Germany doesn’t elect its leaders based on charisma. Descriptions of Angela Merkel, like many adjectives thrown around German affairs, consist of stoic, calm, and unemotional, both in her politics and her public presence. Part of this is due to Germany’s political system, one in which the charismatic, ceremonial head of state, the president, is an entirely separate role from the pragmatic head of government, the chancellor. Other roots lie in the political culture where stability is more trustworthy than passionate leaders interested in change, a remnant of Germany’s ever present history. Still, other factors reside in Merkel’s undeniably successful fight to be taken seriously as one of the most powerful women in the world. Regardless of the reasons, Merkel’s 16 year reign of unemotional and relatively uneventful politics served as a model for Germany’s chancellor hopefuls as they carefully developed their images and their campaigns. Yet as Germany’s many candidates for chancellor sought to connect with voters in the campaign season leading up to the late September elections, it soon became clear that emulating Merkel’s beloved, boring character would not be enough to win her coveted seat.
As Germany prepared for the unthinkable shift into a post-Merkel era of politics, the leading candidates for future Chancellor made clear efforts to prove that they would ensure a smooth transition in both Germany’s politics and global image. The candidate from Merkel’s own party, Armin Laschet of the Christian Democrats (CDU), leveraged the fact that keeping the chancellorship in the same party would promote the most stability. The likely winner of the chancellorship, Olaf Scholz of the Social Democrats (SPD), repeatedly paid homage to his expertise and connections as Merkel’s Vice Chancellor, with slogans, speeches, and even gestures so similar to Merkel’s that competitor Laschet accused him of trying to be Merkel. Even the politicians hoping to shake the status quo with ambitious platforms relied on Merkel-inspired professionalism. Young centrist Annalena Baerbock, the candidate of the historically-radical Greens, was chosen over the popular, enthusiastic Robert Habeck of the progressive side of the party, a move due to both the Greens’ desire to pick up moderate votes and the need to present a candidate who doesn’t stray too far from Merkel’s pragmatism.
Still, despite the efforts from candidates of all parties to create an election based on stability and a smooth shift away from Merkel’s long-term reign, an unshakable source of change got in the way: climate change.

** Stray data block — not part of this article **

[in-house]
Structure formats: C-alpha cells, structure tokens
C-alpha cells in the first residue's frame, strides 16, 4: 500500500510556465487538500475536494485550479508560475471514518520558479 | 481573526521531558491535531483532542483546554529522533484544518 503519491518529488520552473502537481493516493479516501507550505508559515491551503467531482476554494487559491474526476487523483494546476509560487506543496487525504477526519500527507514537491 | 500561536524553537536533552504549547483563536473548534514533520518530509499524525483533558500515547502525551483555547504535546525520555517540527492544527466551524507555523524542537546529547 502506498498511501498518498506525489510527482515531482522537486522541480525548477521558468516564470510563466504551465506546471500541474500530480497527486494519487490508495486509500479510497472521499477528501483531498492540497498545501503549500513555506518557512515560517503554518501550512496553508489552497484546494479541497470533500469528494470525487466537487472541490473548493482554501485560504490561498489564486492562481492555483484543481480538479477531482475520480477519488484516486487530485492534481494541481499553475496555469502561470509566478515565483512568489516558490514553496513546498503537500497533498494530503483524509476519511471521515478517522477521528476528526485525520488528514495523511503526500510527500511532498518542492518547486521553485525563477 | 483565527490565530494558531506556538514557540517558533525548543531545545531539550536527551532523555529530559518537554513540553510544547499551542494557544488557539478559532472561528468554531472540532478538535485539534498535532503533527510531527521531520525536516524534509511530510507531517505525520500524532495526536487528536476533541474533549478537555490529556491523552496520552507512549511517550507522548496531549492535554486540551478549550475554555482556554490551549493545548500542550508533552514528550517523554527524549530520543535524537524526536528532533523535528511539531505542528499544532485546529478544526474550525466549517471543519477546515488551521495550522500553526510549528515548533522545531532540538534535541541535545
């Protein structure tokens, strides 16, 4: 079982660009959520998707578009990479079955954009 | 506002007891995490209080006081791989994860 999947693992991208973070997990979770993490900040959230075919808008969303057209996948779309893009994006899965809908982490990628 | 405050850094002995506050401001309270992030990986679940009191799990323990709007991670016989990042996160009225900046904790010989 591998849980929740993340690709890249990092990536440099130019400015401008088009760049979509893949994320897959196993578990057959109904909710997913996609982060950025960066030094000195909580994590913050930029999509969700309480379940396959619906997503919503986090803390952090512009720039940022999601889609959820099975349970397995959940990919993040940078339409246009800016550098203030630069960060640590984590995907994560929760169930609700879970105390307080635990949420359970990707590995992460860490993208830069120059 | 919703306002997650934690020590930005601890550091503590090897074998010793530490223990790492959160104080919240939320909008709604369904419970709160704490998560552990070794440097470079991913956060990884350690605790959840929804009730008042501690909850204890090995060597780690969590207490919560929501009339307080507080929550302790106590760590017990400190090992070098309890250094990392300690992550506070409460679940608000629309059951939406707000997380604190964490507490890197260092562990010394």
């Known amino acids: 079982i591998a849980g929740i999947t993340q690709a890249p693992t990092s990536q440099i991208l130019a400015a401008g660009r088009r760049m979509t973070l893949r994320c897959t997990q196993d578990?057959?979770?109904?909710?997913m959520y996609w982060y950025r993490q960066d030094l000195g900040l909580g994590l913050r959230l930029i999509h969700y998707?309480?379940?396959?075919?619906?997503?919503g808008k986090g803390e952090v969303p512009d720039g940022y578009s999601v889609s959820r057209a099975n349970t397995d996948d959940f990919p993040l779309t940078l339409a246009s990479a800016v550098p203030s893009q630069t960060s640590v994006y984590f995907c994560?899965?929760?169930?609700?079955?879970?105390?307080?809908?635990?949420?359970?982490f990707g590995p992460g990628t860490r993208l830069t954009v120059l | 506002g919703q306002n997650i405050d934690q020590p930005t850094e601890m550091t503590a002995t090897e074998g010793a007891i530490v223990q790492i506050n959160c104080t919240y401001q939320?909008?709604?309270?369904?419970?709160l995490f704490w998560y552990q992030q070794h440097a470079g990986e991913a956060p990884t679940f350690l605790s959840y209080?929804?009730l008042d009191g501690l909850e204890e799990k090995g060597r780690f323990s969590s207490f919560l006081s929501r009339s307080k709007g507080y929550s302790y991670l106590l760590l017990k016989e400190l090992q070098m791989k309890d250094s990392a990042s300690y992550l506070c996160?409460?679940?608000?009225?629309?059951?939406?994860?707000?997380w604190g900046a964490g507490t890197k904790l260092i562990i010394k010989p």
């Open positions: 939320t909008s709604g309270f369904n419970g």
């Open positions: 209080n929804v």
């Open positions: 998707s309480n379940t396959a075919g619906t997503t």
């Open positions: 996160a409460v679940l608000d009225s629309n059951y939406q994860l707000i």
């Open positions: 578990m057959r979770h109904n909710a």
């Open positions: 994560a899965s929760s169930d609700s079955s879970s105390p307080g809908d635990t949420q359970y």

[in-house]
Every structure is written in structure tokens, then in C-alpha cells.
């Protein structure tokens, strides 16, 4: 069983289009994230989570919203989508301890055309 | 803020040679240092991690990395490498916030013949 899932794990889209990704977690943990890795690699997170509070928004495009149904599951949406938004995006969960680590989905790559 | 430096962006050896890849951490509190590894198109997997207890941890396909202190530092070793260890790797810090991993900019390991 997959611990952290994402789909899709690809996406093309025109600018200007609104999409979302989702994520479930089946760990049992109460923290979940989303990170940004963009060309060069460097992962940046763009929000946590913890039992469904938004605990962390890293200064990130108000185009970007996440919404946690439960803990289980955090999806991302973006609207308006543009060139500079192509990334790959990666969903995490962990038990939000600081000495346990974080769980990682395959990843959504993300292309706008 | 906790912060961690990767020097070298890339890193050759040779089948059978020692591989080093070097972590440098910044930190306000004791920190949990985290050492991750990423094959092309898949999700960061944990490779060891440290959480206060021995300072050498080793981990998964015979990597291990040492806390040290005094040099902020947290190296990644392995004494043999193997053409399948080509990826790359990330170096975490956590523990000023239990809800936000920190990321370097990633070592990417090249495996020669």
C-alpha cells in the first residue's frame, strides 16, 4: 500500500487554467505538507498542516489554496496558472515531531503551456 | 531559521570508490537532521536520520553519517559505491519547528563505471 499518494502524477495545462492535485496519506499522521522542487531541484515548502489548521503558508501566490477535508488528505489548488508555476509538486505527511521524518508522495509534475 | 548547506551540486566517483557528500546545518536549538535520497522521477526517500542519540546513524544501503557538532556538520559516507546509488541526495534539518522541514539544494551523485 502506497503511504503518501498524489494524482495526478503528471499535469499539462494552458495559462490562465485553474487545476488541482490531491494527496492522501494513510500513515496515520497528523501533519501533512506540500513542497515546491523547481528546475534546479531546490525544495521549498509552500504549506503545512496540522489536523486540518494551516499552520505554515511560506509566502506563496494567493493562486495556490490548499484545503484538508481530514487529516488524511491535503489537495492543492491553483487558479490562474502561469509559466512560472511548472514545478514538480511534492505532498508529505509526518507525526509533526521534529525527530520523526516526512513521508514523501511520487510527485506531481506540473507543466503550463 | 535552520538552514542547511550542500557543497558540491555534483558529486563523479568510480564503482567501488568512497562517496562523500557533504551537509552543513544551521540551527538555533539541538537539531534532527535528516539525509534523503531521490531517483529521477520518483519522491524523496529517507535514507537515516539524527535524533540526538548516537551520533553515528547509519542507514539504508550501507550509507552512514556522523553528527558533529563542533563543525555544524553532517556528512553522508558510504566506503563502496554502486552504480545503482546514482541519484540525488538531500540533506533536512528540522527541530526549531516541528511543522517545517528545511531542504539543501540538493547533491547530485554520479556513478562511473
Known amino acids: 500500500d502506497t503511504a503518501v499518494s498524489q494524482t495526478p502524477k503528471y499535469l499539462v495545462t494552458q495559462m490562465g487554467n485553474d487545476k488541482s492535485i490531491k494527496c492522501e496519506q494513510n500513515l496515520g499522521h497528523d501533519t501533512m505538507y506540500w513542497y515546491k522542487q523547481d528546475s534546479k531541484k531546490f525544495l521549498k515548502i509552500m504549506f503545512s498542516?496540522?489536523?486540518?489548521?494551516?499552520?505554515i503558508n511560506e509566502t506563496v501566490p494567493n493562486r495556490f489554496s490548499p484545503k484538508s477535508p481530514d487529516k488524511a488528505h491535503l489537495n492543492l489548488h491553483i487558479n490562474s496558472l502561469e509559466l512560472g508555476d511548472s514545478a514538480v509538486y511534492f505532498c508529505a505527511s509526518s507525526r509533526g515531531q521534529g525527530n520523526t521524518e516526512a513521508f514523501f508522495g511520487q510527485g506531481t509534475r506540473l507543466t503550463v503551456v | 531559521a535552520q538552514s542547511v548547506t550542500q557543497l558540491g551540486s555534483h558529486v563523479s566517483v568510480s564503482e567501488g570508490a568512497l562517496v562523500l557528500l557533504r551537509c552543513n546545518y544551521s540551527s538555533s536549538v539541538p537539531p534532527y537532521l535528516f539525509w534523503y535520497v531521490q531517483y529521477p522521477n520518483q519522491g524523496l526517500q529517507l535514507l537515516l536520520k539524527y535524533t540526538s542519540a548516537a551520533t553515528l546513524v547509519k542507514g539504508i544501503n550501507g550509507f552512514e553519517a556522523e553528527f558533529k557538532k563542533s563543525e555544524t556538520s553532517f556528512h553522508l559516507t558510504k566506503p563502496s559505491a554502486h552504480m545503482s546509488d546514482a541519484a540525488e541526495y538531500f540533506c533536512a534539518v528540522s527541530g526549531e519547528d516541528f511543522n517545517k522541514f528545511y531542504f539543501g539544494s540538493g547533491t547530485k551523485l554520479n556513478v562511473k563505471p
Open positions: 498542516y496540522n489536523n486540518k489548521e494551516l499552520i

Just as the election season was heating up and campaigns went into overdrive, the summer months brought intense weather events across the world, and Germany was not spared. As wildfires scorched the Balkan and Mediterranean states in southern Europe, Germany, the Netherlands, and Belgium were hit by massive rains and consequent flooding that led to over 220 deaths. About two months later, on September 10, a poll by a German public broadcast found that the environment and the climate were the most important issue in the upcoming election for 43 percent of respondents.
Merkel was no stranger to environmental politics, with the German press even calling her the “Climate Chancellor,” but the environment was far from the top of her party’s priorities. At times, the Christian Democrats even rejected Merkel’s goals for emission standards and other climate targets, though their 2021 election platform remained committed to expanding renewable energy and phasing out coal plants by 2038. Germany’s other parties, with the exception of the climate-change-denying, far-right Alternative for Germany (AfD), all included environmental goals prominently on their platforms. Germany’s likely next government, consisting of the center-left Social Democrats; the liberal, pro-free-market Free Democratic Party; and the Greens, all contain platforms with relatively ambitious climate goals reflected in the dominance of environmental issues in the current coalition discussions. Nonetheless, despite the public’s declaration that climate change is a priority, and the recognition from almost all parties that the environment needs to be near the center of their platforms, no candidates were able to take off with momentum from the climate disasters. In fact, many made things even worse.